Myanmar has ‘no religious discrimination’, army chief tells Pope

Myanmar’s commander-in-chief Senior General Min Aung Hlaing arrives to give a speech during talks between the government, army and representatives of ethnic armed groups over a cease-fire to end insurgencies, in Naypyitaw on January 12, 2016. (File photo by Reuters)
Updated 27 November 2017

Myanmar has ‘no religious discrimination’, army chief tells Pope

YANGON: Myanmar’s army chief Min Aung Hlaing said he told Pope Francis his country had “no religious discrimination” after the pair met late Monday, in a papal visit framed by the exodus of the Rohingya Muslim minority.
“Myanmar has no religious discrimination at all,” he said in a Facebook post by his office. “Likewise our military too... (it) performs for the peace and stability of the country.”
The Tatmadaw, as his army is known, has been accused by the UN and US Secretary of State Rex Tillerson of conducting a campaign of “ethnic cleansing” by driving 620,000 Rohingya from western Myanmar into Bangladesh since August.
Myanmar denies any wrongdoing despite testimony by refugees pointing to a widespread campaign of rape, murder and arson.
The Rohingya, who are effectively stateless, are subject to a suffocating web of state-enforced restrictions.
Most are denied citizenship by Myanmar, which says they are illegal “Bengali” immigrants.
Last week Amnesty International called western Rakhine state a “crime scene,” describing the restrictions on the Rohingya as tantamount to “apartheid.”
The pope, who is visiting Myanmar to spread a message of peace, has spoken up several times for the Rohingya as the crisis has unfolded calling the benighted group “brothers and sisters.”
His comments have enraged hard-line Buddhist nationalists in Myanmar, who are now waiting to see if he uses the term “Rohingya” during his four-day trip.
Min Aung Hlaing’s office said the senior general had welcomed the pope during a brief 15 minute meeting in Yangon and told the pontiff there was also “no discrimination between ethnic groups in Myanmar.”
The Rohingya are not recognized as an official ethnic group.


Hong Kong protesters sing ‘God Save the Queen’ in plea to former colonial power

Updated 50 min 4 sec ago

Hong Kong protesters sing ‘God Save the Queen’ in plea to former colonial power

  • The Chinese-ruled territory has been rocked by weeks of sometimes violent pro-democracy protests
  • Demonstrators angry about what they see as creeping interference by Beijing in their city’s affairs despite a promise of autonomy

HONG KONG: Hundreds of Hong Kong protesters singing “God Save the Queen” and waving Union Jack flags rallied outside the British Consulate on Sunday demanding that the former colonial power ensures China honors its commitments to the city’s freedoms.
The Chinese-ruled territory has been rocked by weeks of sometimes violent pro-democracy protests, with demonstrators angry about what they see as creeping interference by Beijing in their city’s affairs despite a promise of autonomy.
The Sino-British Joint Declaration, signed in 1984, lays out Hong Kong’s future after its return to China in 1997, a “one country, two systems” formula that ensures freedoms not enjoyed on the mainland.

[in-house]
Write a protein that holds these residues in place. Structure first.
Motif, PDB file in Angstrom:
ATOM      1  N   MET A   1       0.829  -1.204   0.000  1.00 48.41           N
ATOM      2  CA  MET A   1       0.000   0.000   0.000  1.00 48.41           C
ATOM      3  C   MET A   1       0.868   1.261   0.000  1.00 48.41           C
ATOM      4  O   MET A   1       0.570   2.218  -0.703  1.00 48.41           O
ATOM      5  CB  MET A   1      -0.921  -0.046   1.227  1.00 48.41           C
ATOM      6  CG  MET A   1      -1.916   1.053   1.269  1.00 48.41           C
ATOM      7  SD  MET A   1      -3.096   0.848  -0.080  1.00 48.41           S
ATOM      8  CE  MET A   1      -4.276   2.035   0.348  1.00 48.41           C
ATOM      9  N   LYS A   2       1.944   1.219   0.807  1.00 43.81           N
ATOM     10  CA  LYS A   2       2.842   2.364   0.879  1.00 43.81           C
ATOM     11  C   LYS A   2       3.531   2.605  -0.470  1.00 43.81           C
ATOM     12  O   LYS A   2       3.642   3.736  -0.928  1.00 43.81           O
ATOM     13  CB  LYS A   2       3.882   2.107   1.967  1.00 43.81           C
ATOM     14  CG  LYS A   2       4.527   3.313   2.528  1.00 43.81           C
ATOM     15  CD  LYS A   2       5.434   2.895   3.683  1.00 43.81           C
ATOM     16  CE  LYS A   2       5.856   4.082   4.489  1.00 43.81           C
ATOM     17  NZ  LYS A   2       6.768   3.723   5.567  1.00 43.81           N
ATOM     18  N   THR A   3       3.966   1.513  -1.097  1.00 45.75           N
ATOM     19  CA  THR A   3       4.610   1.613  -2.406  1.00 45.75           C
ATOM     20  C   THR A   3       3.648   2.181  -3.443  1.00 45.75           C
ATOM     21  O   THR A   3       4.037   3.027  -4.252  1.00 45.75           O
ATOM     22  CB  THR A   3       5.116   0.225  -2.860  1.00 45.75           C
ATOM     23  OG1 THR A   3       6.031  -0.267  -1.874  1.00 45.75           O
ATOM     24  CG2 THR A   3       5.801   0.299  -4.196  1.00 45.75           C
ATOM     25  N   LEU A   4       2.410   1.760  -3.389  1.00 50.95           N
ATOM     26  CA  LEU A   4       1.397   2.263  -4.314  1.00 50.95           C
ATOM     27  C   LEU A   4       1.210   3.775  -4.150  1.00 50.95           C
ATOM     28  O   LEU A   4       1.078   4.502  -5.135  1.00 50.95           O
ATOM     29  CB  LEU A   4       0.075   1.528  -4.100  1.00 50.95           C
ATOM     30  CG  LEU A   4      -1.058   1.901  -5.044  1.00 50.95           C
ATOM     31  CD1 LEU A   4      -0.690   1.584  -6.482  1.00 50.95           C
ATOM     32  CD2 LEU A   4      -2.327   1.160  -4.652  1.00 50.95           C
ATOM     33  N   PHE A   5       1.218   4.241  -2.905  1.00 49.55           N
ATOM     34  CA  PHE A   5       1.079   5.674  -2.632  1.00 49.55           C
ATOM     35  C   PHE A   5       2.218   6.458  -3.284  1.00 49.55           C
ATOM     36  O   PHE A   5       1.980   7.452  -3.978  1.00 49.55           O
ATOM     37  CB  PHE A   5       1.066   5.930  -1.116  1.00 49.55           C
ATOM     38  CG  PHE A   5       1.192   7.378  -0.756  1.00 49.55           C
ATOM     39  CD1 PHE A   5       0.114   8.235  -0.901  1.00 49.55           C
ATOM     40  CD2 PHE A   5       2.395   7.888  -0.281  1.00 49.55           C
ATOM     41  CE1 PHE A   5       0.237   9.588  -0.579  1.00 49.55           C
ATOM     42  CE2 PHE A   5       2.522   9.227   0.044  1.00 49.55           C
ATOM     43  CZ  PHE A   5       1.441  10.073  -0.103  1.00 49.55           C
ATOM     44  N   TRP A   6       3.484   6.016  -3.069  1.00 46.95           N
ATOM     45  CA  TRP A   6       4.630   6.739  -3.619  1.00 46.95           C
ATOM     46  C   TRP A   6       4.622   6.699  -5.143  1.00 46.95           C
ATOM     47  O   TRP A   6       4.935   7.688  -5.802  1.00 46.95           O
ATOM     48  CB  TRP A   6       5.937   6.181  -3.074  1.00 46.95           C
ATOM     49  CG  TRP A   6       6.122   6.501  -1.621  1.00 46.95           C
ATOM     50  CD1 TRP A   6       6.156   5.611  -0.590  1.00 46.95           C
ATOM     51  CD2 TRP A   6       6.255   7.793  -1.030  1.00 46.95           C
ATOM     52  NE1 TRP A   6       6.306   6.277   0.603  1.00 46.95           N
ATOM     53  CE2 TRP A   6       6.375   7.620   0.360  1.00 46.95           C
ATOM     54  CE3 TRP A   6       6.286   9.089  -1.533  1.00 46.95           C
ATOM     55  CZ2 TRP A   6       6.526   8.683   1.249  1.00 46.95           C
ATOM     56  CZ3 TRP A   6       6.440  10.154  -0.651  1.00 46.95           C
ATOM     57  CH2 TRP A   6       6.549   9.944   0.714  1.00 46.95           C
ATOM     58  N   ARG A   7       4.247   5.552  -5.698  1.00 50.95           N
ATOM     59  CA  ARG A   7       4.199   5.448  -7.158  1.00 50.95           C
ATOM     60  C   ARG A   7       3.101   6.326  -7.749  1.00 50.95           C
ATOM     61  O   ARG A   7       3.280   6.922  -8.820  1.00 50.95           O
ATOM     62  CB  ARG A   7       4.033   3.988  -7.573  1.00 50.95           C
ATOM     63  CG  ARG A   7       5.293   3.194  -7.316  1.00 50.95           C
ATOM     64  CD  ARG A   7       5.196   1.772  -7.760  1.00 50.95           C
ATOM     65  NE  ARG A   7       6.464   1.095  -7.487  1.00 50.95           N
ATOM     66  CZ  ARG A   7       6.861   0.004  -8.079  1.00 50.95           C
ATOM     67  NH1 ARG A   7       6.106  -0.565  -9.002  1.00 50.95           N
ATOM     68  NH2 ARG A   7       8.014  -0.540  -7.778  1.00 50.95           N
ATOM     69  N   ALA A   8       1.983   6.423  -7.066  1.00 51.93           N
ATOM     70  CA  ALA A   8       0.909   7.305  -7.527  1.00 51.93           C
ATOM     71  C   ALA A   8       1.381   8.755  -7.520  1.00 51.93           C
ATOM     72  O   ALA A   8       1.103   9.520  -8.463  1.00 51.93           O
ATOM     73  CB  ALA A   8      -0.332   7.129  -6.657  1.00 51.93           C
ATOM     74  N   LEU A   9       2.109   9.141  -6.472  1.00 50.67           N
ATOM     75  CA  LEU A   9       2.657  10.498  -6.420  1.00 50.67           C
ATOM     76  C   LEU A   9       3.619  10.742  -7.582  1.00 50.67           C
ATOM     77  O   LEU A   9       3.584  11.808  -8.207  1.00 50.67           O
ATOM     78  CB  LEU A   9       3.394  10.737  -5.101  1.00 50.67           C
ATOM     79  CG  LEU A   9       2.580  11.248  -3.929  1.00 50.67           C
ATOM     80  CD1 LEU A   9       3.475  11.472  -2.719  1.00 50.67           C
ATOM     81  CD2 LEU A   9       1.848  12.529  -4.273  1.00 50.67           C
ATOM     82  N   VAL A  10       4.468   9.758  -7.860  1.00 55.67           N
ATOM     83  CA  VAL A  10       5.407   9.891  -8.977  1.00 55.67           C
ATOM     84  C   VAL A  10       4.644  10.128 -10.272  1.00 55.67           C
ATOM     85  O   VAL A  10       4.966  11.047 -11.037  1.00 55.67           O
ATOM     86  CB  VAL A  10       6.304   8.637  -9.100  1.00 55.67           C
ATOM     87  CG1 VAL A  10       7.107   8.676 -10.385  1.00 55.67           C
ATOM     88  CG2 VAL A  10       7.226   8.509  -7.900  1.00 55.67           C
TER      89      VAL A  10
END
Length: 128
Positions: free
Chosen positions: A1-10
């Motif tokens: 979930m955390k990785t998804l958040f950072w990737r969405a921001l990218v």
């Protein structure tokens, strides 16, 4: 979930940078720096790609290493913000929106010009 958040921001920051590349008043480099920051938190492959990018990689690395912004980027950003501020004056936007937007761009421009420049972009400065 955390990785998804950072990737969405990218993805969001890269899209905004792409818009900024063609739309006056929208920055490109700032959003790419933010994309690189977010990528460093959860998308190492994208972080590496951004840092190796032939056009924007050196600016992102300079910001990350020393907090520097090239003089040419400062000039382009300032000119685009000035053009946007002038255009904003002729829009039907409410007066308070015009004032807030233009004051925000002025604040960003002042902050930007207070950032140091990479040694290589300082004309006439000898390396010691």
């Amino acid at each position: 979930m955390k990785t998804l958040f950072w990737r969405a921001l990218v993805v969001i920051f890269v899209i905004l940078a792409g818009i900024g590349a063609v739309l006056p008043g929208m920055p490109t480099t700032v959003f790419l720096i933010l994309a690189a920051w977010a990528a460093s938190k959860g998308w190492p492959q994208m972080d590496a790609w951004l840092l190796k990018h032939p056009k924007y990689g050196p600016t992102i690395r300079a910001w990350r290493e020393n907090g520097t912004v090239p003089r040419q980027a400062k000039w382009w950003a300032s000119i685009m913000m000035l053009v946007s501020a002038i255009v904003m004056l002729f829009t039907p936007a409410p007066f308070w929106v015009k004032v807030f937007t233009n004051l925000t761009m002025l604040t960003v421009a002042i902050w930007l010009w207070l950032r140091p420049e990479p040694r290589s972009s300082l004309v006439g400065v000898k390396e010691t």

“Sino-British Joint Declaration is VOID,” one placard read. “SOS Hong Kong,” read another.
“One country, two systems is dead,” they shouted in English under the sub-tropical sun, some carrying the colonial flag also bearing the Union Jack. “Free Hong Kong.”
With many young people looking for routes out of Hong Kong, campaigners say Britain should change the status of the British National (Overseas) passport, a category created after Britain returned Hong Kong to China. The passports allow a holder to visit Britain for six months, but do not come with an automatic right to live or work there.
“I am here to demand the UK protect our citizens’ rights in Hong Kong and speak up for Hong Kong under the Joint Declaration,” Jacky Tsang, 25, told Reuters.
The spark for the protests was planned legislation, now withdrawn, that would have allowed people to be sent to mainland China for trial, despite Hong Kong having its own much-respected independent judiciary.
The protests have since broadened into calls for universal suffrage.
China says it is committed to the “one country, two systems” arrangement, denies meddling and says the city is an internal Chinese issue. It has accused foreign powers, particularly the United States and Britain, of fomenting the unrest and told them to mind their own business.
Britain says it has a legal responsibility to ensure China abides by the 1984 declaration.
“The Joint Declaration is a legally binding treaty between the UK and China that remains as valid today as it was when it was signed and ratified over 30 years ago,” a British Foreign Office spokeswoman said in June.
“As a co-signatory, the UK government will continue to defend our position.”
But it was not immediately clear what Britain could or would want to do defend that position. It is pinning its hopes on closer trade and investment cooperation with China, which since 1997 has risen to become the world’s second-largest economy, after it leaves the European Union at the end of next month.
The Civil Human Rights Front has also called for a mass rally in Victoria Park, just to the east of the central business district, but police have denied permission because of earlier clashes after huge gatherings.
Protesters are expected to turn up early in the afternoon anyway.